Tuesday, November 18, 2008

Yoder, The Politics of Jesus, i

I've just started re-reading (for the 4th or 5th time), John Howard Yoder's classic work, The Politics of Jesus, and I thought I would take the opportunity to blog my way through it, giving some succinct summaries for those of you unfamiliar with Yoder.

In his opening chapter, Yoder sets out the context and thesis of his work. His primary concern is to investigate whether Jesus has a social ethic, and whether that is relevant in any way. Yoder sets up his question against the backdrop of ethical approaches that tend to make Jesus irrelevant for (social) ethics. He lists six particular ways this has played out, including seeing Jesus as interested only in an 'interim' ethic because of an imminent eschatology, seeing Jesus as only interested in personal ethics (e.g. restricted to a 'village sociology'), and so forth. One of the the irrelevance-strategies is to sideline 'dogmatic Jesus' - that Jesus came to die for sins and the life he lived is almost immaterial and irrelevant alongside that.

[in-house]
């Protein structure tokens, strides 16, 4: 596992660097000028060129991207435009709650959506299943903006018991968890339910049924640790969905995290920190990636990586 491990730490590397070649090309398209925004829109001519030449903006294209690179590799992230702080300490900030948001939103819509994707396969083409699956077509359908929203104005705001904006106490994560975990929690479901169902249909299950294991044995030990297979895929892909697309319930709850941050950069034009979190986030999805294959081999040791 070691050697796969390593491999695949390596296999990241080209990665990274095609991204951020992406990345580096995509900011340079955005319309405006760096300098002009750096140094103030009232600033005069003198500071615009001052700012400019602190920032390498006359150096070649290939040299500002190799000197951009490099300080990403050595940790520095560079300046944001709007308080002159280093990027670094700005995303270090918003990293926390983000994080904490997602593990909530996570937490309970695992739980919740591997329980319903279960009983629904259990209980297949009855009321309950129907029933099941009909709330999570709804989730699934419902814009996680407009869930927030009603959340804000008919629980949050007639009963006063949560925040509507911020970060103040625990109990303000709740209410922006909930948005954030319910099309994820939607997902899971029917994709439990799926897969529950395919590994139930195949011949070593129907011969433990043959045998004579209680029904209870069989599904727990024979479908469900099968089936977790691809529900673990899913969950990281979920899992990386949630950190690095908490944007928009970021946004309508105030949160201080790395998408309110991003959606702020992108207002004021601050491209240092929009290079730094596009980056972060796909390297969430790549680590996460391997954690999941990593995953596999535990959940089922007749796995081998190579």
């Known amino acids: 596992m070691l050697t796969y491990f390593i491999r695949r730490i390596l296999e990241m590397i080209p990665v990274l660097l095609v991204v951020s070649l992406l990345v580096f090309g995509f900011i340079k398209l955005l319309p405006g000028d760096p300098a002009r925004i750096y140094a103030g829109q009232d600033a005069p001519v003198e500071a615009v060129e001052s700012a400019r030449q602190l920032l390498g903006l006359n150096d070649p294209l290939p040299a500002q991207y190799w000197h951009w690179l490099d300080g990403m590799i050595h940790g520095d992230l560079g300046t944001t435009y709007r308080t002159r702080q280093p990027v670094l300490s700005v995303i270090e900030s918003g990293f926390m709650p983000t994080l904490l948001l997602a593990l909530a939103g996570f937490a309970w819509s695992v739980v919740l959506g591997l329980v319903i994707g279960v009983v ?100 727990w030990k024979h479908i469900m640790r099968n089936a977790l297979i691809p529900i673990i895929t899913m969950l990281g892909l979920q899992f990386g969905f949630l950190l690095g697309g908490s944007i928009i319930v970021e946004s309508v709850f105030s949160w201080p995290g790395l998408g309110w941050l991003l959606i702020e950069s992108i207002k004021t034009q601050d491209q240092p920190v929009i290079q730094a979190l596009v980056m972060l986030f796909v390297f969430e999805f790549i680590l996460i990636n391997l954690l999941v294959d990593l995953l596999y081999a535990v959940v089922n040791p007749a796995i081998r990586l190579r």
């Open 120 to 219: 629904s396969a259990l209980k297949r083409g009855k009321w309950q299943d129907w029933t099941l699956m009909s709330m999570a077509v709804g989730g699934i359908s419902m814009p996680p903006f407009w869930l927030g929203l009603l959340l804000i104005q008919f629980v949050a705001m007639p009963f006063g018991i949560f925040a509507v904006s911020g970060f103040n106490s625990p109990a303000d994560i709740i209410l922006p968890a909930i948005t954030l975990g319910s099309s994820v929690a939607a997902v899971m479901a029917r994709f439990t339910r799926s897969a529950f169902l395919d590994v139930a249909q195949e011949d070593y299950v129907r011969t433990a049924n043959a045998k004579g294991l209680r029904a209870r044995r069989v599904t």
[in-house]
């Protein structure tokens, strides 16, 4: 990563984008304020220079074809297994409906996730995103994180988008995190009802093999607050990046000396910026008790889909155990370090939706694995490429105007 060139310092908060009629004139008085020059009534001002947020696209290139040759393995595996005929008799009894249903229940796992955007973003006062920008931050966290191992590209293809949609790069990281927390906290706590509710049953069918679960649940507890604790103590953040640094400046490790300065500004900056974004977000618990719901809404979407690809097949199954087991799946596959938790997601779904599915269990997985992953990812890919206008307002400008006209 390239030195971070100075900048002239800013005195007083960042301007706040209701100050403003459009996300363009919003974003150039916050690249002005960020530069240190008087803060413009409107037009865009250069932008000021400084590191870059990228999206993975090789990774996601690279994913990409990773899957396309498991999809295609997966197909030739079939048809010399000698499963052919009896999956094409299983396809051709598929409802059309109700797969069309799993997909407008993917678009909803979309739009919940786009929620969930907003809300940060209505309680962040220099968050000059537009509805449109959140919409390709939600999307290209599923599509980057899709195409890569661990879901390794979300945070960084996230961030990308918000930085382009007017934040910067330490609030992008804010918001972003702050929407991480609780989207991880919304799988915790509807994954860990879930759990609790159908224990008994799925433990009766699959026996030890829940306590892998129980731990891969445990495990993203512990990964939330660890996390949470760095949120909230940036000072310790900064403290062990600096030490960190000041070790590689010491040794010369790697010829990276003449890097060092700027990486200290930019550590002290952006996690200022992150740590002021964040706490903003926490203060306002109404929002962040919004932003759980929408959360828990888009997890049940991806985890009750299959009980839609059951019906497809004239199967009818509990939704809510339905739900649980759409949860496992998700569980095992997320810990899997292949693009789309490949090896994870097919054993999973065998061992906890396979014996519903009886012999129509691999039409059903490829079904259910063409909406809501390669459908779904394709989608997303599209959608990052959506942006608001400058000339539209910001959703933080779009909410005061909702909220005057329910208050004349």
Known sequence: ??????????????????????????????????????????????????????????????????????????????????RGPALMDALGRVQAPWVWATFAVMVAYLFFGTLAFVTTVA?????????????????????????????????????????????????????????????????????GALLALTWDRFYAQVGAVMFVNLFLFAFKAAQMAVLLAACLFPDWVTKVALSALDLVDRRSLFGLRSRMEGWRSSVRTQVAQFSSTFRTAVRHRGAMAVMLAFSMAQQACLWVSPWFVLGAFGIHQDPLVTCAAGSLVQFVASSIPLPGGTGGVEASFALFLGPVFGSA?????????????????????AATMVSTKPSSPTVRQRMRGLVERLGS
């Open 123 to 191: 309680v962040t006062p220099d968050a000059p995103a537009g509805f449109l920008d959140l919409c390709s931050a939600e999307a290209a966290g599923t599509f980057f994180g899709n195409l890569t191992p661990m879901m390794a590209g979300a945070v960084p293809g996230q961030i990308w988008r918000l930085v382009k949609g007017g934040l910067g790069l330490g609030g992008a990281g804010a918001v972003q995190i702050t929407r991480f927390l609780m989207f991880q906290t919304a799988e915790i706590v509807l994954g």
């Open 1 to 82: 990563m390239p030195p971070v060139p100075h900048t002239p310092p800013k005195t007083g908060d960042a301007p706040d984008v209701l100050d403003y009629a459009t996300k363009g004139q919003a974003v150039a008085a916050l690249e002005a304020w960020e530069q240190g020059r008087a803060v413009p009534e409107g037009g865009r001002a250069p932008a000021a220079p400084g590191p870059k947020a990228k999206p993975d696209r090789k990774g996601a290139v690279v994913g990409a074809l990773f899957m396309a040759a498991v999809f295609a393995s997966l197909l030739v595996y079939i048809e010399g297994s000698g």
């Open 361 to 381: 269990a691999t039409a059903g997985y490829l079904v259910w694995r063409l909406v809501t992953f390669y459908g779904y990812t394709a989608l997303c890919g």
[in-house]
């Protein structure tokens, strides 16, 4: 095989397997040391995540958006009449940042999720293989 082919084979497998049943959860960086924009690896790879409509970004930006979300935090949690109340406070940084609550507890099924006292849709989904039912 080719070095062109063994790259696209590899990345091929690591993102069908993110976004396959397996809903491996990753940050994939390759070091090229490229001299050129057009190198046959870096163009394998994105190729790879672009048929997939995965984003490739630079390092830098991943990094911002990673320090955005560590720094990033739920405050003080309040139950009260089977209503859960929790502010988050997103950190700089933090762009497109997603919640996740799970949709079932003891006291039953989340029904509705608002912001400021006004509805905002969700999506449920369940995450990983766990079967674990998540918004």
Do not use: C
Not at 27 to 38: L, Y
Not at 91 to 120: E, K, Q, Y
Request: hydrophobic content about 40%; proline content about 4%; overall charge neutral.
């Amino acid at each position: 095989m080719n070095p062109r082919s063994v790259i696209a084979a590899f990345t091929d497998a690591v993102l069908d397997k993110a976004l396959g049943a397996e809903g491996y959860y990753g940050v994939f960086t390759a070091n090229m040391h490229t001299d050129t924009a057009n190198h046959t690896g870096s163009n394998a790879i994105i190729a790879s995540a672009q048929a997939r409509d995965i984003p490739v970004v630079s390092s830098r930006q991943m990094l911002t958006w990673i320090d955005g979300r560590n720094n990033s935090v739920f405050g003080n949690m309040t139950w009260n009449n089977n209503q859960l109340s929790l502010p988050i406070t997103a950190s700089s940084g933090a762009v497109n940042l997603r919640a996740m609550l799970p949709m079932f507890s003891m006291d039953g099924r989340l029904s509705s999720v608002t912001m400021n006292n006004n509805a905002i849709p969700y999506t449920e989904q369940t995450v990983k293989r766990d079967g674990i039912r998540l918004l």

The radical thing about Yoder is that he very perceptively notes that Jesus is not normative for mainstream ethics. Mainstream ethical approaches sideline Jesus' behaviour and teaching, and instead ground their norms in something else, whether nature, natural order, reason, a creation order, et cetera. The very ability to point out this situation immediately raises its absurdity. For a distinctly Christian ethic, shouldn't Jesus be normative?

Yoder's proposal is thus to read portions of the NT canon, and specifically Luke, "with the constantly pressing question, 'Is there here a social ethic?'" (p11), with the aim to tease out the relevance of Jesus for social ethics, and the normativity of Jesus.

Little Piece of Gold: p7-8, footnotes. Yoder is speaking about a classic work of Sheldon's and the slogan, "Do what Jesus would do" (sound familiar? WWJD anyone?), and Yoder makes the point that this becomes, "do the right at all costs", but that 'the right' is knowable apart from Jesus. Yoder's whole thesis is this: a truly Christian ethic knows what the right is by and in and through Jesus life, death, and resurrection.

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